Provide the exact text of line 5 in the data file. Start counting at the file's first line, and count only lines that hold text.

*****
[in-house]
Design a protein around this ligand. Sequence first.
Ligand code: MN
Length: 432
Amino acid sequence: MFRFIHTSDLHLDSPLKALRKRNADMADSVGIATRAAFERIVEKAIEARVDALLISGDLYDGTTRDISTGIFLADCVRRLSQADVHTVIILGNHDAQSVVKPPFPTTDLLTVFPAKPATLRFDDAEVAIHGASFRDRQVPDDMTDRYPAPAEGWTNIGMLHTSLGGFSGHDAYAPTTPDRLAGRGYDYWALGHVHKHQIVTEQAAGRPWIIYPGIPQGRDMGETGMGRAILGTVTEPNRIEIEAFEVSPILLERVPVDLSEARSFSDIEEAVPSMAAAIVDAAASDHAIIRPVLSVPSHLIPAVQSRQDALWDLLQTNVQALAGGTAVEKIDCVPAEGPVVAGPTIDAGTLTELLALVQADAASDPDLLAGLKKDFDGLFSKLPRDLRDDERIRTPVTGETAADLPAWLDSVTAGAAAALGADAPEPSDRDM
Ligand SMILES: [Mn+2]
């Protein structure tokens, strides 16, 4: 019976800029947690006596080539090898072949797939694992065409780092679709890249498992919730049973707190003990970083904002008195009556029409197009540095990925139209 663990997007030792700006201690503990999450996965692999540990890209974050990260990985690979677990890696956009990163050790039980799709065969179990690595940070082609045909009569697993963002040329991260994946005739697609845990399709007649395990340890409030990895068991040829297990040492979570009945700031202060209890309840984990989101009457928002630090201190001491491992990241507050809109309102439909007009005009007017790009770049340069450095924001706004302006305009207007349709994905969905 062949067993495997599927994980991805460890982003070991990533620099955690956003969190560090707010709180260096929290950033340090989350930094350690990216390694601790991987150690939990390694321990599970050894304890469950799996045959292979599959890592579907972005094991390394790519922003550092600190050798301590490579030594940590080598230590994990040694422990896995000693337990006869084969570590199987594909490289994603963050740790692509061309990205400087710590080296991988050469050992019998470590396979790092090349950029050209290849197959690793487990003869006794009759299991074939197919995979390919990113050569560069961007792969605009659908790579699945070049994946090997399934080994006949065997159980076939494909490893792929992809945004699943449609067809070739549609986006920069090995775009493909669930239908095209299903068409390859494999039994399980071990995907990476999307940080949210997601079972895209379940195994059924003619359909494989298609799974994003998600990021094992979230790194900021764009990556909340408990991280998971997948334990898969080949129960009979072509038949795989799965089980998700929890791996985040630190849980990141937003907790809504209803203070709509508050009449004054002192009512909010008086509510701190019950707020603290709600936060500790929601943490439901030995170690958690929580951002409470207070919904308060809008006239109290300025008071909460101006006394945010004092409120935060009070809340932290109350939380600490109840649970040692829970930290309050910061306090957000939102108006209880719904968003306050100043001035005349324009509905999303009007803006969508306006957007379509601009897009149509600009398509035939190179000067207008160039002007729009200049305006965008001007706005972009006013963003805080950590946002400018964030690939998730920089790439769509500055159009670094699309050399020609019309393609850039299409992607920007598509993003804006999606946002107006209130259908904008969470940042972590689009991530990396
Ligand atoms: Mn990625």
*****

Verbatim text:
Amino acid sequence: MFRFIHTSDLHLDSPLKALRKRNADMADSVGIATRAAFERIVEKAIEARVDALLISGDLYDGTTRDISTGIFLADCVRRLSQADVHTVIILGNHDAQSVVKPPFPTTDLLTVFPAKPATLRFDDAEVAIHGASFRDRQVPDDMTDRYPAPAEGWTNIGMLHTSLGGFSGHDAYAPTTPDRLAGRGYDYWALGHVHKHQIVTEQAAGRPWIIYPGIPQGRDMGETGMGRAILGTVTEPNRIEIEAFEVSPILLERVPVDLSEARSFSDIEEAVPSMAAAIVDAAASDHAIIRPVLSVPSHLIPAVQSRQDALWDLLQTNVQALAGGTAVEKIDCVPAEGPVVAGPTIDAGTLTELLALVQADAASDPDLLAGLKKDFDGLFSKLPRDLRDDERIRTPVTGETAADLPAWLDSVTAGAAAALGADAPEPSDRDM